DIY Home Improvement, Remodeling & Repair Forum > Appliances > HVAC > Cant figure this out! Not getting 24v at the board or thermostat




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Old 03-05-2013, 09:10 PM  
jayrod
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Default Cant figure this out! Not getting 24v at the board or thermostat

Its a Carrier split unit. Had the heater on yesterday and at some point when I wasnt around it turned off on its on. Its completely dead at the thermostat, and on the circuit board it doesnt get 24 volts either. So I tested voltage going into the transformer and it has 120 volts on all 3 wires going in but it only has .1 volts on the 24v side. Well thats not right. We have a 2 story house and both units have the exact same transformer so I measured the transformer on the working unit to be sure Im dong it right and it measures 120v on all 3 coming in, and about 27 volts going out. So I go and buy a new transformer, wire it up, and still no 24 volts! Did a resistance check, all wires have some resistance. So now Im stumped. If it has voltage coming in, how is it not coming out!? What should I check next?



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Old 03-05-2013, 09:44 PM  
nealtw
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Switch transformers from the other unit, maybe you got a bad one.



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Old 03-06-2013, 09:58 AM  
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Your on the right track but, nealtw has the most probable answer. What are the odds?
Unfortunately, most of the time, electronic parts are not refundable as the seller suspects that you did something wrong to burn up the component.

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Old 03-06-2013, 10:43 AM  
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Thanks guys. I have switched transformers this morning. I took the new one I just bought that didnt fix my downstairs unit, and installed it on my working upstairs unit. It didnt work! Same thing, power coming in, but no 24v coming out. So I took it out and put it back like it was and it works still so all I know is I did get a bad transformer or either something shorted it out right when I hook it up. but it doesnt smell or hum or anything. Oe thing I did notice is the working uptairs unit only requires the common and the 240v wires of the transformer to be hooked up while the downstairs unit requires the common, the 208v and the 240v wires to be hooked up. (Common goes to XFORMT1, 208v goes to T2, and 240v goes to T3) But thats how the old transformer was wired so I wired the new one the same. I just didnt think it was very likely to get a bad Transformer.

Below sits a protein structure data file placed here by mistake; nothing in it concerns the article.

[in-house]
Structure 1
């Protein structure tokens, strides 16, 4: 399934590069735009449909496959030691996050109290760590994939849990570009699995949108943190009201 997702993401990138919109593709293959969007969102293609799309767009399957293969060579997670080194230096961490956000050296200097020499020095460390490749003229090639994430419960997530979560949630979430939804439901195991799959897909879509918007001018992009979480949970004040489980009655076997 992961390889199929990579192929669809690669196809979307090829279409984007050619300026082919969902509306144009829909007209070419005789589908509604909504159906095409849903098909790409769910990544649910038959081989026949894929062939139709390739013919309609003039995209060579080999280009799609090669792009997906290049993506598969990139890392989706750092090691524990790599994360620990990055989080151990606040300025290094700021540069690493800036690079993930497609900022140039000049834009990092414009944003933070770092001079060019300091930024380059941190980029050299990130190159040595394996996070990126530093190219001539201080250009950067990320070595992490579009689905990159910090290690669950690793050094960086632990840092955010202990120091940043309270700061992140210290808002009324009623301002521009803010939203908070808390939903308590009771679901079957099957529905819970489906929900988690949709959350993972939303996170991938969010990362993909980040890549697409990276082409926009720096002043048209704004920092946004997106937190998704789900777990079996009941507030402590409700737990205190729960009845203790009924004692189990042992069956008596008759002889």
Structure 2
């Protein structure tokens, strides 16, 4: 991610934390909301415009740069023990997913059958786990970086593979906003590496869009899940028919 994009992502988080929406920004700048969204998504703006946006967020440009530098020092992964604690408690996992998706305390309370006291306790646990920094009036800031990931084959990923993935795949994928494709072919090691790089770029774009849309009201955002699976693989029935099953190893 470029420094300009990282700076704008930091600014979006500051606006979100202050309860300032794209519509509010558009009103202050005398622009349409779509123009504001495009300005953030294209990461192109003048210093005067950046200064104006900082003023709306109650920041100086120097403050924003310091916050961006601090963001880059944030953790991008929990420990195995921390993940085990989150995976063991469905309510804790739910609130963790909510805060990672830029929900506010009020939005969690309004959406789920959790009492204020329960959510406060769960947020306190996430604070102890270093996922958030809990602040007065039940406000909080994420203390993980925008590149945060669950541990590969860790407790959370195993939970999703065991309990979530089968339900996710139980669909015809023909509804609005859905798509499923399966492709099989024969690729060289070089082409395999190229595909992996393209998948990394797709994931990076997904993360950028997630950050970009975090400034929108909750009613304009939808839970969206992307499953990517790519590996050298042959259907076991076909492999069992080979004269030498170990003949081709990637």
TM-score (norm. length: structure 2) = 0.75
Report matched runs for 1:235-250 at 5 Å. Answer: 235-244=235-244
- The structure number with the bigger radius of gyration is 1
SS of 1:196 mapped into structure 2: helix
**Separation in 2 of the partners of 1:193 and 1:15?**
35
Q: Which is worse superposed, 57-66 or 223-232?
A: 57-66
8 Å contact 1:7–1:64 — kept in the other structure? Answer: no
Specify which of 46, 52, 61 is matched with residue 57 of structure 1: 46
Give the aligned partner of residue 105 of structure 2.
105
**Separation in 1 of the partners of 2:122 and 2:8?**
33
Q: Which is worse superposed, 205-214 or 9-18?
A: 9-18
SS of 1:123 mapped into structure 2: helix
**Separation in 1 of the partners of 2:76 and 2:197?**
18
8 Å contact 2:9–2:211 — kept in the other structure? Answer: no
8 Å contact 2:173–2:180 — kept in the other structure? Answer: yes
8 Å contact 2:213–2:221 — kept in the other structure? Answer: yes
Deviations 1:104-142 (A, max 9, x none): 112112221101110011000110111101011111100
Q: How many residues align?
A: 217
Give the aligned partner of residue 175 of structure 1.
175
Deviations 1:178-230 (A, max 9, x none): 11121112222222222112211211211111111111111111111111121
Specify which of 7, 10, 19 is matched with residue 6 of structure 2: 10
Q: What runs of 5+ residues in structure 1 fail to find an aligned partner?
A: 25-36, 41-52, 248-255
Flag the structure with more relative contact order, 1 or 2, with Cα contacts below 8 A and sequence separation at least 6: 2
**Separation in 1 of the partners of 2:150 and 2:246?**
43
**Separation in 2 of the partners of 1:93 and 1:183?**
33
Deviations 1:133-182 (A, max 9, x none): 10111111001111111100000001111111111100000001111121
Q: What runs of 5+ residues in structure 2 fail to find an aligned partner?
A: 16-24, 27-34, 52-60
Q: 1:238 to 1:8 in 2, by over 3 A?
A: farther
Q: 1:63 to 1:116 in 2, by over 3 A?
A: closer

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Old 03-06-2013, 12:21 PM  
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Wait, I believe I should have been measuring across the terminals to get 240v or 208v. I aint geting either when I measure across. I think there must be a short or a safety switch keeping the 240v from coming in. The contactor outside has 240 going in and 240 going out when I manually press it in. T2 and L2 have no voltage on the contactor.

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Old 03-06-2013, 12:36 PM  
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Standing by, with rapt attention, to see how this resolves ....

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Old 03-06-2013, 12:40 PM  
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Ok, now you've got me confused. You originally said that you have a 120V primary and 24V secondary transformer. Now your saying it's 240V or 208V. Did you buy the wrong transformer and smoke it when you hooked it up to a higher voltage?
T2 & L2 are opposite sides of the contactor but, are the same leg.
Sounds like you blew a fuse on the L2 phase.

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Old 03-06-2013, 12:45 PM  
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I dont see any fuses on the outside part of the unit. Its the right transfomer, I just didnt undersand it. Its a 240v setup. It says 240vac on the little circuit board inside the handler.

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Old 03-06-2013, 12:46 PM  
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Should T2 and/or L2 have any voltage when its not turned on?

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Old 03-06-2013, 05:00 PM  
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is this a heat pump unit?
L1 & L2 is LINE power, T1 & T2 is the LOAD.
On a split system, the air handler/furnace components would be 120V and the compressor unit outside would be 240V.
Where exactly are you working (on the 120V or 240V side of the split system)?
If your working outside on the compressor unit where I would expect to find a contactor, then the fuses would be in a service disconnect box. Follow the electrical lines from the compressor unit to the side of the house where you will find a metal box that houses the fuses.
You may have to remove a piece of cardboard to see the fuses (make sure you turn the breaker off to the unit before digging into the box).



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